For an additional amount for ‘Economic Support Fund’, $465,000,000, to remain available until September 30, 2010, of which up to $5,000,000 may be made available for administrative expenses of the United States Agency for International Development, in addition to amounts otherwise made available for such purposes: Provided, That of the funds appropriated under this heading, $365,000,000 shall be made available for assistance for Georgia and the region for humanitarian and economic relief, reconstruction, energy-related programs and democracy activities, and may be transferred to, and merged with, funds appropriated under the headings ‘Assistance for the Independent States of the Former Soviet Union’ and ‘International Disaster Assistance’, of which up to $8,000,000 may be transferred to, and merged with, funds made available for ‘International Broadcasting Operations’ for broadcasting activities to Georgia, Russia and the region.
up to$8,000,000 may be transferred
As Kucera originally reported, the bill passed the House (268 to 150), the Senate (89 to 4), and signed by President Bush. Now the majority of congressmen can pat themselves on the back for paying off Saakashvili, er protecting democracy, for his little war.
So I was wrong on another point. The US Congress is perverse enough to give the Georgians $365 million as the American economy tanks. Nice. Real nice.
My sincerest apologies to Josh for the misunderstanding. I thank him for clearing it up.Post Views: 106
By Sean — 4 years ago
By William Risch
Last night, Ukraine’s president, Petro Poroshenko, told his nation that they were at war. The Ukrainian government, after attempting peace talks for several days, was ending its unilateral ceasefire with pro-Russian forces in the Donbass region, which it has been fighting for over two months. “They have publicly declared their unwillingness to support the peace plan as a whole and particularly the ceasefire,” he said. “Militants violated the truce for more than a hundred times.” Thus Ukrainian forces, including the army, National Guard, Ministry of Interior forces, and paramilitary battalions have officially renewed the Anti-Terrorist Operation (ATO).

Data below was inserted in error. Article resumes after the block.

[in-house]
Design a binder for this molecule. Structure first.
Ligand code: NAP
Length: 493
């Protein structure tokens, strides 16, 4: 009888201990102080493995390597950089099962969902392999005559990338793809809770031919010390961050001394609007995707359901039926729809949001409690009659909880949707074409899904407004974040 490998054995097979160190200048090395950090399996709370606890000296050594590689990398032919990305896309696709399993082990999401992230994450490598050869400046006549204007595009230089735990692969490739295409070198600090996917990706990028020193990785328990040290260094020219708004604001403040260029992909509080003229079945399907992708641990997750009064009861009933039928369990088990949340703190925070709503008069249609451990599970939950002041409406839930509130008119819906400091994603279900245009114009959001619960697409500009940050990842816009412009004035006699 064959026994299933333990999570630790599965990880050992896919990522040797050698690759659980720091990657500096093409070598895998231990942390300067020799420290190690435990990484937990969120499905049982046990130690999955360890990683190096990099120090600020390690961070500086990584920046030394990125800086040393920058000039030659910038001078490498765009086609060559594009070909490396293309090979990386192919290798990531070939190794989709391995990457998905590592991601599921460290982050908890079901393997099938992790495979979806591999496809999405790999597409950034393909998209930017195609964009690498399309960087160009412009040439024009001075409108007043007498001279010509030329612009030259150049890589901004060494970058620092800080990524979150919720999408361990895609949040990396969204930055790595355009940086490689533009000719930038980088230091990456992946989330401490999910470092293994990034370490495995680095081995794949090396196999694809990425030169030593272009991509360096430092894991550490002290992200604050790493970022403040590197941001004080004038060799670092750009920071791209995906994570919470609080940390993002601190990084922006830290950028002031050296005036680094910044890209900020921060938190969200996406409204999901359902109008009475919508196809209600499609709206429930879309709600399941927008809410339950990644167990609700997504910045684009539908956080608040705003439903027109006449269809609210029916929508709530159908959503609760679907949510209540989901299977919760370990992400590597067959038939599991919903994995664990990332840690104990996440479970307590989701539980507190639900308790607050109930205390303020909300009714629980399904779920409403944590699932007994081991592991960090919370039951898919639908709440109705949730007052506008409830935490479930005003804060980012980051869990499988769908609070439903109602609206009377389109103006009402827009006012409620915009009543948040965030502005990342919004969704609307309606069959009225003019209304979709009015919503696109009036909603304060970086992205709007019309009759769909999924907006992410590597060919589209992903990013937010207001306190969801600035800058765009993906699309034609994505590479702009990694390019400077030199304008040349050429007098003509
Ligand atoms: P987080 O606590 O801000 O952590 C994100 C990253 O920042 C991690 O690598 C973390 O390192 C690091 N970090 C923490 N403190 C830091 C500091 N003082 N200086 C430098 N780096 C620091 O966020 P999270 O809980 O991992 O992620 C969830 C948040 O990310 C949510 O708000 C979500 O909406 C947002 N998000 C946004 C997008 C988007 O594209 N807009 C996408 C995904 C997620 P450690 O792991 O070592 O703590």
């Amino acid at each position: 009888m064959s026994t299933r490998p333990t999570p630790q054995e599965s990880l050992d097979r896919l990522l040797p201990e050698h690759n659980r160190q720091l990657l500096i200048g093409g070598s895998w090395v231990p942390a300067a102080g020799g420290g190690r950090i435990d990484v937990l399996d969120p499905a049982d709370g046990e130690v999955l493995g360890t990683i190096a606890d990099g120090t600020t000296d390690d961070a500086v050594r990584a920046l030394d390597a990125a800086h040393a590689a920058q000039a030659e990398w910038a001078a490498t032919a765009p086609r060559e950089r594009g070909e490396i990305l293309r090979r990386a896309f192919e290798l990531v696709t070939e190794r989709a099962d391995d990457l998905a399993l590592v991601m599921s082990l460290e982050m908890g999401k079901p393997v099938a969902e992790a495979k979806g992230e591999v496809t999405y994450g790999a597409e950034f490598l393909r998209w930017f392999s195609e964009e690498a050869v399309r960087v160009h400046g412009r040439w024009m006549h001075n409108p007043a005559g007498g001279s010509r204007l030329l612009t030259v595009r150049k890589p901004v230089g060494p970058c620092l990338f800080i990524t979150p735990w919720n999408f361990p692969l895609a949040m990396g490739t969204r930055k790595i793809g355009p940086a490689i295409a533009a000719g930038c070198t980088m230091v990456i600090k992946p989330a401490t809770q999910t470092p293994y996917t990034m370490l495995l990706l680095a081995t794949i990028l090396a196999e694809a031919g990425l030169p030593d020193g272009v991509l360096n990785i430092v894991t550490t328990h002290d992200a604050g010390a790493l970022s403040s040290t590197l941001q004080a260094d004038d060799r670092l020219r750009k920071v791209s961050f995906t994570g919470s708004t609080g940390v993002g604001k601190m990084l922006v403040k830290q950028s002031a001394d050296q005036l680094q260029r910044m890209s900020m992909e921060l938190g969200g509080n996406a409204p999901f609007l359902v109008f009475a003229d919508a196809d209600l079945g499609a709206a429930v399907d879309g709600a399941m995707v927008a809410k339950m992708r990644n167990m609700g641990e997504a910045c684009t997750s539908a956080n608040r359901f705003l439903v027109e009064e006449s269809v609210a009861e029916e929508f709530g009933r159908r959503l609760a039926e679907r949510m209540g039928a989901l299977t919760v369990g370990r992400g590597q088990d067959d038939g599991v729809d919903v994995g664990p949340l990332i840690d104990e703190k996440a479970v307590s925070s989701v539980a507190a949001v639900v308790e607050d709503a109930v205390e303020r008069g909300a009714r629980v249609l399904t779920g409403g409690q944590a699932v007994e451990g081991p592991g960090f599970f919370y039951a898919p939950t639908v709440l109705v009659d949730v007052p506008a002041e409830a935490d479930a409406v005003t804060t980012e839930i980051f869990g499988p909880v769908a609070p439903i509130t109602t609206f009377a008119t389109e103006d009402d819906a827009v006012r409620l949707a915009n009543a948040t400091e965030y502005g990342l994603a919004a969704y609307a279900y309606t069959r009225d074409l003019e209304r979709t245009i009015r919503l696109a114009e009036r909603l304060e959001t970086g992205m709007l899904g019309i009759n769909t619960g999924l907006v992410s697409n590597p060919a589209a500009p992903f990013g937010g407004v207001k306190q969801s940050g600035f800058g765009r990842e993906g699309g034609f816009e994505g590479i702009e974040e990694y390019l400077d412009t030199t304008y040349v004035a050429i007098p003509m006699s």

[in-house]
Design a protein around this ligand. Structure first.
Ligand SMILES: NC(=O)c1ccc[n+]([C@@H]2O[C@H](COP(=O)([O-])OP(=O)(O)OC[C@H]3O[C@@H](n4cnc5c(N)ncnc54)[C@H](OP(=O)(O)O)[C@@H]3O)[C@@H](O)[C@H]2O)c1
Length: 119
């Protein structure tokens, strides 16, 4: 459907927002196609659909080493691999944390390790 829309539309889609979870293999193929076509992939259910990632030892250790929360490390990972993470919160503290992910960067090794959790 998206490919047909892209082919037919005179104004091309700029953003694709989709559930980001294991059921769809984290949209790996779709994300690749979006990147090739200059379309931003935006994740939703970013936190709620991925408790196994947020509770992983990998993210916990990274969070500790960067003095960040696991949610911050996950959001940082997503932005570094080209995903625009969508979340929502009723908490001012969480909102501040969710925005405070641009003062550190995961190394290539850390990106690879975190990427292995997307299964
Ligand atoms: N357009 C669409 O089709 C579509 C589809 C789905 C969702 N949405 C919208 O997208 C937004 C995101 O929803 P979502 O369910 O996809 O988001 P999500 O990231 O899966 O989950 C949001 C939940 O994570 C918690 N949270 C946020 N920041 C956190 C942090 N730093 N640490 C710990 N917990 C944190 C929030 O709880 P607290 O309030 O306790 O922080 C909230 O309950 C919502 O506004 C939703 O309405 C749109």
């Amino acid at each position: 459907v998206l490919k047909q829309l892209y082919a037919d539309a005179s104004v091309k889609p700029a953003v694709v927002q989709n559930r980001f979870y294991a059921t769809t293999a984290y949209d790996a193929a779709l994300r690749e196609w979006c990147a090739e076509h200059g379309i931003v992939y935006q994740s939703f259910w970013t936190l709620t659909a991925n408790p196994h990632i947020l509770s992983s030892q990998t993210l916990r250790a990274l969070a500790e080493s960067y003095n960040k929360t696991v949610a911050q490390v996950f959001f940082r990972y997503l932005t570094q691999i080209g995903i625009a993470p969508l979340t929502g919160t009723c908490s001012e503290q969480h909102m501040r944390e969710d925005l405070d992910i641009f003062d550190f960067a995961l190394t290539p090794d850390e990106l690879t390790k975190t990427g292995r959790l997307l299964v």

This time, the ATO promises to be an all-out war. Since the ceasefire took effect June 20, both Ukrainian and rebel forces have reinforced their positions. More tanks, rockets, personnel, and supplies from across the Russian border have reached pro-Russian forces. The Ukrainian online news source Inforesist reported June 30 that separatist Igor Girkin (a.k.a. Strelkov), after complaining for weeks about a lack of support from Russia, had assembled a force capable of seizing Izium, the headquarters of Ukraine’s ATO: 5,000 armed men in Sloviansk and dozens of armored equipment, tanks, and multiple rocket launchers. Fresh reinforcements have arrived in nearby Krasnyi Liman and Kramatorsk. Inforesist stressed that Strelkov not only could take Izium, but also advance toward major industrial city of Kharkiv, due to the Ministry of Internal Affairs forces lacking heavy armament.